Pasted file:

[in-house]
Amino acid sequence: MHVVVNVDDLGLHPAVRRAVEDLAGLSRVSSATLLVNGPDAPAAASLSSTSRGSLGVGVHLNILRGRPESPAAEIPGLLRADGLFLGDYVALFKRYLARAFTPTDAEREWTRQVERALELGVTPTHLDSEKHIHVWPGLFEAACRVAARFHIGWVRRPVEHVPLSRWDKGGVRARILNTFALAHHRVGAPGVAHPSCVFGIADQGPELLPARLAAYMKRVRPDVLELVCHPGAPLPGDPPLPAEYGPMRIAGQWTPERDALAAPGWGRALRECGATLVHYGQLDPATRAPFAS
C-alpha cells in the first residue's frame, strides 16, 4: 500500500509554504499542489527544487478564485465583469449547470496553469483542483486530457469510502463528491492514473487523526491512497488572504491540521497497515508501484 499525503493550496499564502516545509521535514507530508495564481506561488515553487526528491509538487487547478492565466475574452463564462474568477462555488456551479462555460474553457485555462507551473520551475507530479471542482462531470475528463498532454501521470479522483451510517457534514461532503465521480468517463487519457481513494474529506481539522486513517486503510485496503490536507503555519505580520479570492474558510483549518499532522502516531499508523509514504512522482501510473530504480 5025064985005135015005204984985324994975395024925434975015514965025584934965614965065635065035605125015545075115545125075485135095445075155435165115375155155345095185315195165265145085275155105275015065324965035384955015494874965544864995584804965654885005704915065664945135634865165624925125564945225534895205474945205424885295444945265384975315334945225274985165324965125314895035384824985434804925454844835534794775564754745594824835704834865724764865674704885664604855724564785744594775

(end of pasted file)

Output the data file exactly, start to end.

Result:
[in-house]
Amino acid sequence: MHVVVNVDDLGLHPAVRRAVEDLAGLSRVSSATLLVNGPDAPAAASLSSTSRGSLGVGVHLNILRGRPESPAAEIPGLLRADGLFLGDYVALFKRYLARAFTPTDAEREWTRQVERALELGVTPTHLDSEKHIHVWPGLFEAACRVAARFHIGWVRRPVEHVPLSRWDKGGVRARILNTFALAHHRVGAPGVAHPSCVFGIADQGPELLPARLAAYMKRVRPDVLELVCHPGAPLPGDPPLPAEYGPMRIAGQWTPERDALAAPGWGRALRECGATLVHYGQLDPATRAPFAS
C-alpha cells in the first residue's frame, strides 16, 4: 500500500509554504499542489527544487478564485465583469449547470496553469483542483486530457469510502463528491492514473487523526491512497488572504491540521497497515508501484 499525503493550496499564502516545509521535514507530508495564481506561488515553487526528491509538487487547478492565466475574452463564462474568477462555488456551479462555460474553457485555462507551473520551475507530479471542482462531470475528463498532454501521470479522483451510517457534514461532503465521480468517463487519457481513494474529506481539522486513517486503510485496503490536507503555519505580520479570492474558510483549518499532522502516531499508523509514504512522482501510473530504480 5025064985005135015005204984985324994975395024925434975015514965025584934965614965065635065035605125015545075115545125075485135095445075155435165115375155155345095185315195165265145085275155105275015065324965035384955015494874965544864995584804965654885005704915065664945135634865165624925125564945225534895205474945205424885295444945265384975315334945225274985165324965125314895035384824985434804925454844835534794775564754745594824835704834865724764865674704885664604855724564785744594775